HMV has reportedly collapsed into administration for the second time in six years.
The UK’s largest high street music retailer was put into administration at the beginning of 2013, which caused them to switch up their approach to sales.
Turning their attention to online customers, the company later overtook Amazon on physical music sales, taking up 28% of the market.
However, it seems the stores and its employees could now be at risk as Sky News reports that HMV Retail filed a notice of intention to appoint administrators last week.
HMV currently has 125 shops and employs about 2,200 people. According to Sky News, the chain had been in talks in leading names in the recorded music industry to help with finances.
Speaking to Music Business World Wide, Paul McGowan, Executive Chairman of HMV and Hilco Capital, said: “During the key Christmas trading period the market for DVD fell by over 30% compared to the previous year and, whilst HMV performed considerably better than that, such a deterioration in a key sector of the market is unsustainable.
“HMV has clearly not been insulated from the general malaise of the UK High Street and has suffered the same challenges with Business Rates and other government-centric policies which have led to increased fixed costs in the business.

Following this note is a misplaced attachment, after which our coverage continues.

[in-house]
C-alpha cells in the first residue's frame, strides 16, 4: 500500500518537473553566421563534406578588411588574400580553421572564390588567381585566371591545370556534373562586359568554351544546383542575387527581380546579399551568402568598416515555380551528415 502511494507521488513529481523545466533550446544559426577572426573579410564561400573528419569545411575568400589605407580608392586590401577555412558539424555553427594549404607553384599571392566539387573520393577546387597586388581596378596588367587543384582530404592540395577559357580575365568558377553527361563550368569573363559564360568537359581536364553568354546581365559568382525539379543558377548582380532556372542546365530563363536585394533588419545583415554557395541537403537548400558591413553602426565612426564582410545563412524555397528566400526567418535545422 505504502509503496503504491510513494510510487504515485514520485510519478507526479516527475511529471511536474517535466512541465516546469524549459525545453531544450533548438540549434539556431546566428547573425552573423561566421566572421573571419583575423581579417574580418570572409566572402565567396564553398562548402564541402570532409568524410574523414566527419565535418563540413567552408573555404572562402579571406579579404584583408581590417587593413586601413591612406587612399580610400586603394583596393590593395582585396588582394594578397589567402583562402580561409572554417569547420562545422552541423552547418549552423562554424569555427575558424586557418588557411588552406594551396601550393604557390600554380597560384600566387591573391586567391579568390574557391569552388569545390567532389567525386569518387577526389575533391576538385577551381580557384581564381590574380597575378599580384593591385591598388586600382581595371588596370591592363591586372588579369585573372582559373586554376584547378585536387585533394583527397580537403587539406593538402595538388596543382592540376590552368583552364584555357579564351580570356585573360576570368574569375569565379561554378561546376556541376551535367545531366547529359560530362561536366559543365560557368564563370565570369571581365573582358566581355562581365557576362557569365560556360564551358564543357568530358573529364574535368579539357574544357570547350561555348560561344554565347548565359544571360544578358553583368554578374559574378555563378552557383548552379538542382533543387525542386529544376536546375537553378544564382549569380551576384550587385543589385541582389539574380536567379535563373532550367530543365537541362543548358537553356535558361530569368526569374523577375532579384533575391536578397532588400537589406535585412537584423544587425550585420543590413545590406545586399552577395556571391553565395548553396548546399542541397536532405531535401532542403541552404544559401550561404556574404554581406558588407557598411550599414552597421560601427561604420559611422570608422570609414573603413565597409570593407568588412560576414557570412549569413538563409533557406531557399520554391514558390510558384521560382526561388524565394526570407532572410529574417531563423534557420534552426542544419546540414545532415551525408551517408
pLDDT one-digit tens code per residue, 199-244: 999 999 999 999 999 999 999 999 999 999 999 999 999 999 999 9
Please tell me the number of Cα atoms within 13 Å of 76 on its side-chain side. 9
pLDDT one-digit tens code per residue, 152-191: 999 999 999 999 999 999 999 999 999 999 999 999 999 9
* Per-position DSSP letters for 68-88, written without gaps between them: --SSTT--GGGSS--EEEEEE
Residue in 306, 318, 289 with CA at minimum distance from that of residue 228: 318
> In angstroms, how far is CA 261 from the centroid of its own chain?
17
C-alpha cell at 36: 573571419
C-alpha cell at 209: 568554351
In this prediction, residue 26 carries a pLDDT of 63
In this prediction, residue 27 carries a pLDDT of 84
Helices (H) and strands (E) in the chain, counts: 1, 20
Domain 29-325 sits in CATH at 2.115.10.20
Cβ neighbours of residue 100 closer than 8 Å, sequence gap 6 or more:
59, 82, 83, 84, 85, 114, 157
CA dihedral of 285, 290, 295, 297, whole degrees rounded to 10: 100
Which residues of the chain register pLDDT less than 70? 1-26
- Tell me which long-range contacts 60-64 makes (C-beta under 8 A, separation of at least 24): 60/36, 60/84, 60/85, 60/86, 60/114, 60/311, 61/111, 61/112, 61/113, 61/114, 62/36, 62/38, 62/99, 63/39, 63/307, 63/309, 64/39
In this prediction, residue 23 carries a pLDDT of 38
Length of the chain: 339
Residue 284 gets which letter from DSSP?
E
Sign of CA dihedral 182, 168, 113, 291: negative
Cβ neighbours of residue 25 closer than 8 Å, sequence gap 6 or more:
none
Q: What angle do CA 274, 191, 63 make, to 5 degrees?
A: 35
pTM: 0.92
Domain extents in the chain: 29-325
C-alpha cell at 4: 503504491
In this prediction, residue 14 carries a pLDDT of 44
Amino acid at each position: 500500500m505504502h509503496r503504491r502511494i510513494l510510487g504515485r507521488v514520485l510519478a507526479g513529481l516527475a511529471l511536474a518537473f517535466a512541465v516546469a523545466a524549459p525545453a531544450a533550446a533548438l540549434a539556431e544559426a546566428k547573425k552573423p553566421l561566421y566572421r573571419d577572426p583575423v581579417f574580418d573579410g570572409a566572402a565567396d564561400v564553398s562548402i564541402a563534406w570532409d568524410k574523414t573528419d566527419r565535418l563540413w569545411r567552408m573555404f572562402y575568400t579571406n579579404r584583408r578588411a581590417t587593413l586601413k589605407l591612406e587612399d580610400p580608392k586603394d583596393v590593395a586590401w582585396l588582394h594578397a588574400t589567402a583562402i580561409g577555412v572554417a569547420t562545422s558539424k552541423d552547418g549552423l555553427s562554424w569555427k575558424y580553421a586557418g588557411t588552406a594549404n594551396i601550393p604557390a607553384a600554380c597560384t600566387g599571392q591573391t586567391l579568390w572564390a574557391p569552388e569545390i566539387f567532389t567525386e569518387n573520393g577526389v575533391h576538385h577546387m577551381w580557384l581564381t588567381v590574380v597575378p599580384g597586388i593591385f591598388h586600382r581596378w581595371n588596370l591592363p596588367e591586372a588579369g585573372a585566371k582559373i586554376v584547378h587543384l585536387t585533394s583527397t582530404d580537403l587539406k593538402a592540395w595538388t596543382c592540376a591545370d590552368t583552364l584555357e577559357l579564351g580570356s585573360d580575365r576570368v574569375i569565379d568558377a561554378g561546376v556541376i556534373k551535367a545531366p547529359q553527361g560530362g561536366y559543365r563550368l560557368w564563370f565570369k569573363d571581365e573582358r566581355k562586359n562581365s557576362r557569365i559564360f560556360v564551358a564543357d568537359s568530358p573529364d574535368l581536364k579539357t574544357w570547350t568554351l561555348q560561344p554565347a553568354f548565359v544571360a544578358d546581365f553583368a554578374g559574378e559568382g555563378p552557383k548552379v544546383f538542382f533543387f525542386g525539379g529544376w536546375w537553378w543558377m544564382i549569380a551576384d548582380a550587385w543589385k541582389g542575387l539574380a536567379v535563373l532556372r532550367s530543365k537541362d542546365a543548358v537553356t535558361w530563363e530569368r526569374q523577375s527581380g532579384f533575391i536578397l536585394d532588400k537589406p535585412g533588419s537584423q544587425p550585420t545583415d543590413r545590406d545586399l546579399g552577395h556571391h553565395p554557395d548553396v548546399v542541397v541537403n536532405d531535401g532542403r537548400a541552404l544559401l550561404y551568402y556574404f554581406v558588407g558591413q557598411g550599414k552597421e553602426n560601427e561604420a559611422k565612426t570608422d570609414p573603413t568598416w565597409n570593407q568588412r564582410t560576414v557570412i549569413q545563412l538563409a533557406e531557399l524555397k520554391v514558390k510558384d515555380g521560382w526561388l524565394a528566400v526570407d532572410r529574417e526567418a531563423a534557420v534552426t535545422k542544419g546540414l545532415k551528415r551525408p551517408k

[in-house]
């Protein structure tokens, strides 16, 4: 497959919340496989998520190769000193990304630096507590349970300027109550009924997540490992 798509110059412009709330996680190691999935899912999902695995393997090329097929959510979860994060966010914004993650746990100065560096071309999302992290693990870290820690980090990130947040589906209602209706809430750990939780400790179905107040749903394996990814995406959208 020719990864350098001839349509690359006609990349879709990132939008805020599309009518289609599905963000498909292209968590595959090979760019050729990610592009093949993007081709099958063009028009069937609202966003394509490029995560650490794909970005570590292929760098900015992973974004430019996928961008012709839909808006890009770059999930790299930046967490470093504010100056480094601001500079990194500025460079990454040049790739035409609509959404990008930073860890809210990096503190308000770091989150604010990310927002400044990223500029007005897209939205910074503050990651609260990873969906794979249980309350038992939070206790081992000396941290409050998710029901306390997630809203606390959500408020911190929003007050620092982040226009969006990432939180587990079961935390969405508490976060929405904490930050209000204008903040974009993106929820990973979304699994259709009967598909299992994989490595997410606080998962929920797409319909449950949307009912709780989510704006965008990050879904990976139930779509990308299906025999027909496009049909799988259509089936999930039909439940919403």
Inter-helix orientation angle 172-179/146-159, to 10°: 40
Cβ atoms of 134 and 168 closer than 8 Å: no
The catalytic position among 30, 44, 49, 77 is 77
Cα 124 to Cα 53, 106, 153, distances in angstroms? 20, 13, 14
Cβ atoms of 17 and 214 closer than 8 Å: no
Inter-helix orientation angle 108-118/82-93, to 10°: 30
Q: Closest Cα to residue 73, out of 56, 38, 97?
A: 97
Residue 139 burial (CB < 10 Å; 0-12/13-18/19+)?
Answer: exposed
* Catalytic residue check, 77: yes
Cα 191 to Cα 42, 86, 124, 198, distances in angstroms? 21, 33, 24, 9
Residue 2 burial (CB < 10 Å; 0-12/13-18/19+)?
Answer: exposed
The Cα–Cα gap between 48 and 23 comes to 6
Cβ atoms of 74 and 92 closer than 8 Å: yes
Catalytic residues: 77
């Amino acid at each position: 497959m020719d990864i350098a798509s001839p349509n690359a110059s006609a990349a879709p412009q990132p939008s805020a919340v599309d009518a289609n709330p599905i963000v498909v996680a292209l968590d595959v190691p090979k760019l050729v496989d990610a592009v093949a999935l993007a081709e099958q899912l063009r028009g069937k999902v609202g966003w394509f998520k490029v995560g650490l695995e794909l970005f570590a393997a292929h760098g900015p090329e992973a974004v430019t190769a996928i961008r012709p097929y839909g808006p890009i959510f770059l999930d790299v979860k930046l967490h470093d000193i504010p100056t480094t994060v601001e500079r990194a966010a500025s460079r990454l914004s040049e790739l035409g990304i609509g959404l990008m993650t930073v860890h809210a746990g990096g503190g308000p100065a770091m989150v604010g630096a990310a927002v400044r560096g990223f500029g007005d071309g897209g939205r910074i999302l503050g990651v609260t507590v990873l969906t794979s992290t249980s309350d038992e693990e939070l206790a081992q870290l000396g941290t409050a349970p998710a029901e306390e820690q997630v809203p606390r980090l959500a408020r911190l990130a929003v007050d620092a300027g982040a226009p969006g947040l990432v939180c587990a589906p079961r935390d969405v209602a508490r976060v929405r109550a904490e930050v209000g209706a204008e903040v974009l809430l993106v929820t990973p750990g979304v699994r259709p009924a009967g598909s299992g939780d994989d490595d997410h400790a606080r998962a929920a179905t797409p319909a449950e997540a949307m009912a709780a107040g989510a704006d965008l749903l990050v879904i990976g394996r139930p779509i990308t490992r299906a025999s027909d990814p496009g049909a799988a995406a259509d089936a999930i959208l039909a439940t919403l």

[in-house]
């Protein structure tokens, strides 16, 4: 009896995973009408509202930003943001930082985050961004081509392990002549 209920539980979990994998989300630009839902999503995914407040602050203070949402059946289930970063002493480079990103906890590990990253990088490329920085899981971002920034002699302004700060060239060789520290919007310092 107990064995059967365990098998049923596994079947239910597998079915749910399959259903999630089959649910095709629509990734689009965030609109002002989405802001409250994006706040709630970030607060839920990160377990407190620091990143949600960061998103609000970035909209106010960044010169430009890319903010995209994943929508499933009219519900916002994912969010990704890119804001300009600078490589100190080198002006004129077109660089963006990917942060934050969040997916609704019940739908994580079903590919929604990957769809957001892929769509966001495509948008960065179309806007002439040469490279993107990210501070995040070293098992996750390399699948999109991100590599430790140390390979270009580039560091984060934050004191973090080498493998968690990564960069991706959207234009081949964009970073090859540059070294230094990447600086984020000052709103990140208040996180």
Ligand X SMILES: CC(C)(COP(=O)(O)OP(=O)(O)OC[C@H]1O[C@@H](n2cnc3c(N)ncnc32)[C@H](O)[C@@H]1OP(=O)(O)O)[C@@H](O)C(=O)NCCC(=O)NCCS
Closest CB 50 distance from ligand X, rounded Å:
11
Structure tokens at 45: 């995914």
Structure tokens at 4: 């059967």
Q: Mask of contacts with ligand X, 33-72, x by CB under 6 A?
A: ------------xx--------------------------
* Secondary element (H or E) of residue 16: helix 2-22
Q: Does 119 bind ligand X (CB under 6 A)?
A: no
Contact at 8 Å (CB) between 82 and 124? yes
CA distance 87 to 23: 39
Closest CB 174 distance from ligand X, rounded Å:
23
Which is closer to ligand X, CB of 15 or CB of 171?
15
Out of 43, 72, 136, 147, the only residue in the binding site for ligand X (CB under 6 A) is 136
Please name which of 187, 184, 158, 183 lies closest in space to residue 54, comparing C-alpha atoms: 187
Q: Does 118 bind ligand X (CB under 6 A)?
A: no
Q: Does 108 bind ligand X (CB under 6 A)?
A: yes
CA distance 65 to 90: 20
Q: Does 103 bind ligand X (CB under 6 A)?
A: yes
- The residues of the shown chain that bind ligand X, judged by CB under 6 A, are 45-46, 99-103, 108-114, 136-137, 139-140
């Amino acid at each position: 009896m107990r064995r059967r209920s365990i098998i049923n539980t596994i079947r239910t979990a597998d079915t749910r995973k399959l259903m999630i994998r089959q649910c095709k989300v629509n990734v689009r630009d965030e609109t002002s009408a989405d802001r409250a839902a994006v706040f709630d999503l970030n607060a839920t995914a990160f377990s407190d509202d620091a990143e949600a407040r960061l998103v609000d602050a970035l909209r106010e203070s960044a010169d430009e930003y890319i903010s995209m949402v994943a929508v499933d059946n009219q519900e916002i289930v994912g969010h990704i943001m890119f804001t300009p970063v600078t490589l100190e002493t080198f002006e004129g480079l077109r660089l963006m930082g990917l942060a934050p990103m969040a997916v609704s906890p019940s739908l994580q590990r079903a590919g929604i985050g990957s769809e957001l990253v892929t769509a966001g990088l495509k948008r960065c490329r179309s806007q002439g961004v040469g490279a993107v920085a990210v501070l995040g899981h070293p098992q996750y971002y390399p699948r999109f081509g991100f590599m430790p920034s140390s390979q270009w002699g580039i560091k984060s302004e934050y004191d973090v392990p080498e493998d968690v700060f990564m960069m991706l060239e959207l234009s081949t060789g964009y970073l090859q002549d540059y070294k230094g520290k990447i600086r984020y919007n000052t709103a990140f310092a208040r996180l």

“Business rates alone represent an annual cost to HMV in excess of £15m. Even an exceptionally well-run and much-loved business such as HMV cannot withstand the tsunami of challenges facing UK retailers over the last 12 months on top of such a dramatic change in consumer behaviour in the entertainment market.”
KPMG has now been appointed administrator. The chain’s 125 UK stores will remain open while discussions continue.
The Canadian branch of the music and entertainment retailer – which opened its first store in the country in 1986 – was sold by HMV to retail restructuring specialist Hilco in 2011, after which it operated as an independent company from HMV in the UK.
After over 30 years in business, however, HMV Canada was put into receivership following the accumulation of huge losses in recent years. The decision from the Ontario Superior Court meant that the majority of its head office staff were made redundant, while all 102 of its stores closed.